We are, however, starting to see more of an intersection between the story threads of Ultra City Smiths. Grace was led to confront those who stole from her with the gun because of the pressure being put on her by Rodrigo, which has led Andrea the Giant (Bebe Neuwirth) to engage in some questionable and dangerous underground wrestling to try to earn the money to help her daughter. Tim Snodgrass broke the story that the police station baby’s mother was Trish McSapphire (Debra Winger), who of course is Andrea’s sister (and they’ve made plans to get pancakes and coffee). We also see Grace talking with Gail’s son Trevor (Caleb McLaughlin) and Gail (Da’Vine Joy Randolph) with Space Bitch, who “defeated” Andrea when she was forced to take a dive in Episode 1.
A couple of narrative threads still seem largely to be dangling on their own, however (which isn’t necessarily a bad thing, by any means).
Street Hustler Boy (Damon Herriman) is prominently featured in S1E3, and that’s fine by me insofar as he might be my favorite character. There is something truly poignant in his story and his song about being ready for a second chance—there is a lot of humor there, but if this is dark comedy, it’s a darkness tinged with sadness.
34th Street Chuck (Jim Becker) is sick, and Street Hustler Boy laments his career choice, as he’s now an aging male prostitute who can’t manage to sell a back scratch. He tried to make it as an actor but failed because he couldn’t read. He catches rainwater in a cup and calls it rain soup. He again has no pants.
Thus we see the narrator (Tom Waits) enter the story in “Hot Clues” as he waxes on about the influence of suits once again before he gives Street Hustler Boy old newspapers to make himself newspaper pants for his visit to the doctor. It’s not as good as a suit—doctors apparently give better care to people who make the effort to wear a suit—but it’s better than going in his undies. You’d think the rain would be an issue with this plan, but S1E3 doesn’t really explore that.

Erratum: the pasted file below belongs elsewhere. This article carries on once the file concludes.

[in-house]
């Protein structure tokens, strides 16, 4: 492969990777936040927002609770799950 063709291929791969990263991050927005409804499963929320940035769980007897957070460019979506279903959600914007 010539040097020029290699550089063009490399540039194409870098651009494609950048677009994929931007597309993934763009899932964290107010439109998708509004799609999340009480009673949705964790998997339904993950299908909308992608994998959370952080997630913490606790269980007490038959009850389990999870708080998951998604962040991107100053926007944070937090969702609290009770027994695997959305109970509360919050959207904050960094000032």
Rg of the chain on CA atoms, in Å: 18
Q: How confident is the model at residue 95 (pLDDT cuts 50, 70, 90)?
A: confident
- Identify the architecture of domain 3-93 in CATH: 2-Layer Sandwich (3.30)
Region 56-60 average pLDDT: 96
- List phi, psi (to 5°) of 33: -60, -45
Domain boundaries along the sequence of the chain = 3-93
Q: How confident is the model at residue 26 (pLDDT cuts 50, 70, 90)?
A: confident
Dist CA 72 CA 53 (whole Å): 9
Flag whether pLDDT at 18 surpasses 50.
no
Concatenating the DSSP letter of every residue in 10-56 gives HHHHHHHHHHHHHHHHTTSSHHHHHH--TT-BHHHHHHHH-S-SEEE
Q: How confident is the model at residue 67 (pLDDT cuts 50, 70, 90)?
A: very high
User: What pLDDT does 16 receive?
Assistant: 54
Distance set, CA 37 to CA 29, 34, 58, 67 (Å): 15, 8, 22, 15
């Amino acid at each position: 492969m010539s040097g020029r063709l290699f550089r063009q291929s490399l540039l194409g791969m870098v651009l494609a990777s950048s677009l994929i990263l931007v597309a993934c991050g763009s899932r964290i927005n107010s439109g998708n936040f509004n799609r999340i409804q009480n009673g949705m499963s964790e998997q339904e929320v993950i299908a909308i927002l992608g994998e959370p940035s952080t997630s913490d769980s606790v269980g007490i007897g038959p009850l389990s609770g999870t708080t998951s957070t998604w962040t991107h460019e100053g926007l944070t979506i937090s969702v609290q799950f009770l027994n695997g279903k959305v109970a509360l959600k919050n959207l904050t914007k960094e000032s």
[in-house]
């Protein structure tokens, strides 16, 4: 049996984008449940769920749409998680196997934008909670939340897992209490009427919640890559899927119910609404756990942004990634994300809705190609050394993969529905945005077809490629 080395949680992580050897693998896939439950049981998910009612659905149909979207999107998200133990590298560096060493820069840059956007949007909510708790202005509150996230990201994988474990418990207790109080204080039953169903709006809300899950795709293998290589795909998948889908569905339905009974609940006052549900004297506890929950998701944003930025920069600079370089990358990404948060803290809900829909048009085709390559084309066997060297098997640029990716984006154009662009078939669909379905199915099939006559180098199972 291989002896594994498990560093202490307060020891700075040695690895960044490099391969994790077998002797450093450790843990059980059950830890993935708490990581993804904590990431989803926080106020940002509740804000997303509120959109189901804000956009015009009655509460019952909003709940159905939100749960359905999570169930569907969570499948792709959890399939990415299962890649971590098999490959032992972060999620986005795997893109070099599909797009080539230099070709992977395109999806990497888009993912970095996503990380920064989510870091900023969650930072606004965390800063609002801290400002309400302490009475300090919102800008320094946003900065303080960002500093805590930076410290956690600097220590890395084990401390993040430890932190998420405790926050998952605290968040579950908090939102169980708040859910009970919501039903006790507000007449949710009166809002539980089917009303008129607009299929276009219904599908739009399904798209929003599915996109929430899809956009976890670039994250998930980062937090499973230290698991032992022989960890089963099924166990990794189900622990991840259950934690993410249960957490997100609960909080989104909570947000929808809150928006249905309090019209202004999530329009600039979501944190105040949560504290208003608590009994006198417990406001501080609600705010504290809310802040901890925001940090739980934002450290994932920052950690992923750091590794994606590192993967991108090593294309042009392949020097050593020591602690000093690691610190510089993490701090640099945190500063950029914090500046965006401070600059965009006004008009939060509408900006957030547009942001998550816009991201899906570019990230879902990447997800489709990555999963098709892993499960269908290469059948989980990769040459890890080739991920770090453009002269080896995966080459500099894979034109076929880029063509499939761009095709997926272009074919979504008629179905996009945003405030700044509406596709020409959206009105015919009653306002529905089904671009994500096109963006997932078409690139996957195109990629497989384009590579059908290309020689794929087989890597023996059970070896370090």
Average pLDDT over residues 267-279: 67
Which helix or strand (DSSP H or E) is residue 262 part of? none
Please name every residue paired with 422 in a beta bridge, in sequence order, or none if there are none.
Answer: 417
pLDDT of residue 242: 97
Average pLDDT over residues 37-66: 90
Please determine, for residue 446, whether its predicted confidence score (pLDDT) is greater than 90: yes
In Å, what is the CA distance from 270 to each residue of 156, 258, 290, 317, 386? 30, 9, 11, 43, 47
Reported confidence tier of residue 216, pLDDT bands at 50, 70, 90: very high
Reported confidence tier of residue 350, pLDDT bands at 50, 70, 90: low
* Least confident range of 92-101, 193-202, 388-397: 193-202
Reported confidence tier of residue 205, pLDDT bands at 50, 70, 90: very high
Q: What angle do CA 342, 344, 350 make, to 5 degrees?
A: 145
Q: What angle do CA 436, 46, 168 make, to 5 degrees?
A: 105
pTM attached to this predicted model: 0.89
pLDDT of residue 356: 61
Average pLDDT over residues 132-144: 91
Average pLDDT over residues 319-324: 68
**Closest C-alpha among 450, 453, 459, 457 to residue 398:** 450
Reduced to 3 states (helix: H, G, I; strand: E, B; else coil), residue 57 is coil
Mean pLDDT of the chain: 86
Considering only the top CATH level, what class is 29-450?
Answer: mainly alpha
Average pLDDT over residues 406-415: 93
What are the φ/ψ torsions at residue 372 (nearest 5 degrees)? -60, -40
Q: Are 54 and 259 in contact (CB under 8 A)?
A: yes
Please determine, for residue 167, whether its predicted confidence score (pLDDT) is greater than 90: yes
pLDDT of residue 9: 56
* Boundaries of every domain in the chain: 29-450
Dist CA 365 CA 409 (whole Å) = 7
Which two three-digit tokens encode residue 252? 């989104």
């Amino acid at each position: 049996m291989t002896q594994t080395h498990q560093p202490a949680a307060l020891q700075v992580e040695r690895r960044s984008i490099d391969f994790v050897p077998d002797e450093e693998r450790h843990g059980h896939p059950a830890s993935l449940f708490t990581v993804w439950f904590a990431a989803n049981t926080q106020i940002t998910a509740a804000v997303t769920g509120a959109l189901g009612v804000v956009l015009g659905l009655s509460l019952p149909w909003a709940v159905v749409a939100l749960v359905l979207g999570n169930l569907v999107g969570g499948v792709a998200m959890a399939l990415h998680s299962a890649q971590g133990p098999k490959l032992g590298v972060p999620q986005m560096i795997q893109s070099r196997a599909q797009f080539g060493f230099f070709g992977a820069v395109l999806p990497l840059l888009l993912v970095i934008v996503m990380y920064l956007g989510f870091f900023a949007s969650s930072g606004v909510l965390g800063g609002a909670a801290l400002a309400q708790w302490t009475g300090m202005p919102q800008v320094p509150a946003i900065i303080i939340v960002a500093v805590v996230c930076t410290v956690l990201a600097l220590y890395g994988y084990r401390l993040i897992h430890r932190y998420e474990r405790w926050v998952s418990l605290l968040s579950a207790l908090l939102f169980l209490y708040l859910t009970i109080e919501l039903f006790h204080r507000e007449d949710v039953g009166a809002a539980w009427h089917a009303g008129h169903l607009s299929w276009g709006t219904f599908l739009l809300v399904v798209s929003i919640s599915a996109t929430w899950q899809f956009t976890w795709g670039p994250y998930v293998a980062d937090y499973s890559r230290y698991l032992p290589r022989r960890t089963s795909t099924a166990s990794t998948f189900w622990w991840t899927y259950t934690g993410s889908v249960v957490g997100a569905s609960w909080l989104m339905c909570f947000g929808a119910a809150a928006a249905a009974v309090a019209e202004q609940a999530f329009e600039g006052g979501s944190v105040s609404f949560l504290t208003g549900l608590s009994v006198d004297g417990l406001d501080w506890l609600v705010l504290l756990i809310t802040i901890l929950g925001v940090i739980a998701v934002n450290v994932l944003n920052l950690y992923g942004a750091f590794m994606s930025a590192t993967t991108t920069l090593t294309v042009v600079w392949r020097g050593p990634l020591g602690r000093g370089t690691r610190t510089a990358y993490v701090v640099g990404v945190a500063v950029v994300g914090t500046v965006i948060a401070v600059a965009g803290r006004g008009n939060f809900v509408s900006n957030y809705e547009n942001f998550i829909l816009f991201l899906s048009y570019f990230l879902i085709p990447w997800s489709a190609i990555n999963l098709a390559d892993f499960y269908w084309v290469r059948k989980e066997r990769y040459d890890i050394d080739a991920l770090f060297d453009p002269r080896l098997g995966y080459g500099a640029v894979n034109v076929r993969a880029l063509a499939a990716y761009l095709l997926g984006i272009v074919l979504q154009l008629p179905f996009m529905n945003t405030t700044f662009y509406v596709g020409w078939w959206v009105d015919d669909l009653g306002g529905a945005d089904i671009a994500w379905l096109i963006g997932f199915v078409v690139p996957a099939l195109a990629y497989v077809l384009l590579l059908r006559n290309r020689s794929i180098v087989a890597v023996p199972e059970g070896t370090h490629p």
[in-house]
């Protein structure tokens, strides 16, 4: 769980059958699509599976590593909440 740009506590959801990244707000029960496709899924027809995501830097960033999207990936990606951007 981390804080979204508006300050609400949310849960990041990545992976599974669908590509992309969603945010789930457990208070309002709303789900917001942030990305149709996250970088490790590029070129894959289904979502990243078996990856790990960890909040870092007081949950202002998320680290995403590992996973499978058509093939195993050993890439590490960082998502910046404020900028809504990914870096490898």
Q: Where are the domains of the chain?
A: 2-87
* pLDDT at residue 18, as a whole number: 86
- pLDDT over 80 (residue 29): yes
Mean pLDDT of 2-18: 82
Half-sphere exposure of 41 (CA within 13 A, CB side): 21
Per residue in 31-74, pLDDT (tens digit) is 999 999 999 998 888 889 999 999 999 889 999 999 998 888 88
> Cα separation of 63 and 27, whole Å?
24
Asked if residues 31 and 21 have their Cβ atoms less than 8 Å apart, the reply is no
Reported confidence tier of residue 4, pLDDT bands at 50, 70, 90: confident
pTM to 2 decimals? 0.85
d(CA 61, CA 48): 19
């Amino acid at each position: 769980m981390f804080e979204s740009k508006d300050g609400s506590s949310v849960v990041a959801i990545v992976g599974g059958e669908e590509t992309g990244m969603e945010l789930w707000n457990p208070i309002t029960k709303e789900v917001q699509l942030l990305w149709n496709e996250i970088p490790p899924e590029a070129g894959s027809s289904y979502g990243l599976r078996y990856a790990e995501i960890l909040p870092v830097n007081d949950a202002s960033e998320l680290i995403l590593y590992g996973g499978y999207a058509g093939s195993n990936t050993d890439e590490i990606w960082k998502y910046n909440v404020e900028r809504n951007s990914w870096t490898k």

Regardless, our friend manages to get a real suit by the end of the day, as The Most Dangerous Man in the World (Julian Barratt) discards the too-large clothing he was given on his freedom day and it falls into Street Hustler Boy’s lap. This purportedly most dangerous man remains an enigmatic presence in Ultra City Smiths, as the narrator makes reference to the power he held in the past and wonders if it is a coincidence that he’s returning to Ultra City now, when it’s last bright hope has just been killed. We’ll have to wait and see how he factors into this story.
It seems clear that all of the various threads of Ultra City Smiths will come together over the back half of the season, and I somehow have confidence that Mills and Onasis will figure things out. The latter may have been chosen because he was the most distracted detective on the force, but that seems to have been put in the past now that he has decided to get married because he needs a spotter (though he hasn’t met his future spouse yet), and the former may have a lime struggle that scotch makes worse (because when he gets drunk all he can do is focus on limes, and his wife doesn’t like that), but each also shows signs of being something of a savant when it comes to detective work. They may seem off-base at the end of S1E3, but I have a weird faith that somehow these hot clues they found shining in the sun will actually lead them to crack the case.
Ultra City Smiths isn’t quite about that, though. It’s about the characters and the city itself. It’s a tale of grime and desperation, with a faint light of hope glimmering through even when things seem hopeless. In other words, it embraces the absurd, and not just because the characters are animated dolls.